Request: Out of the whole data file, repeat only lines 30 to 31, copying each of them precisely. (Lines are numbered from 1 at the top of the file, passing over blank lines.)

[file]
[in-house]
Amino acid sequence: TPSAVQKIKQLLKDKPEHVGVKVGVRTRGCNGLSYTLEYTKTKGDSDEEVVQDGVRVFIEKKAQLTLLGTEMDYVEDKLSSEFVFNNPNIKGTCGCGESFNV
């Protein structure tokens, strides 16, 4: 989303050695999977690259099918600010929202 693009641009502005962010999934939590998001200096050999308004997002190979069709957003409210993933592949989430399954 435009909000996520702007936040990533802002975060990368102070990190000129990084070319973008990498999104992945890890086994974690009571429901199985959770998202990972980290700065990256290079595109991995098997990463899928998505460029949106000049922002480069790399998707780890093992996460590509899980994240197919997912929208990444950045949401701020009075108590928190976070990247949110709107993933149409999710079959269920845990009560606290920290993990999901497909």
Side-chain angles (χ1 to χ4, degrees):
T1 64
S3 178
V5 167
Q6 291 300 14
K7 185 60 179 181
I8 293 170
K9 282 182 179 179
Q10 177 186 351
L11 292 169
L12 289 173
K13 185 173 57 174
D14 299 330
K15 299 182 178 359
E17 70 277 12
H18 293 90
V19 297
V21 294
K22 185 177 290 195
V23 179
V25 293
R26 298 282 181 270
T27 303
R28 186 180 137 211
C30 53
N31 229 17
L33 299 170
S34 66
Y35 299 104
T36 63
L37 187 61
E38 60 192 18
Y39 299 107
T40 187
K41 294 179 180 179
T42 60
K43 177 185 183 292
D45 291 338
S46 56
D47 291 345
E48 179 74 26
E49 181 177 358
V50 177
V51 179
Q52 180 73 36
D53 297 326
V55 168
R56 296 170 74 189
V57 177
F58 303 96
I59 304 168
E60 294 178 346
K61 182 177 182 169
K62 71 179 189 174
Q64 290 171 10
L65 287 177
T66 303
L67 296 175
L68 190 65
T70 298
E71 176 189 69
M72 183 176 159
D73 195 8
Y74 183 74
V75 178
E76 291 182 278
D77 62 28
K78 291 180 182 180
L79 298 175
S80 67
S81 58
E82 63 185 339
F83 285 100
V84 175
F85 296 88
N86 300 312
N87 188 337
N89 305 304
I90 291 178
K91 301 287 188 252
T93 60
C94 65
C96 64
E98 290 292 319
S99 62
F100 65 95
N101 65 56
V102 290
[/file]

L33 299 170
S34 66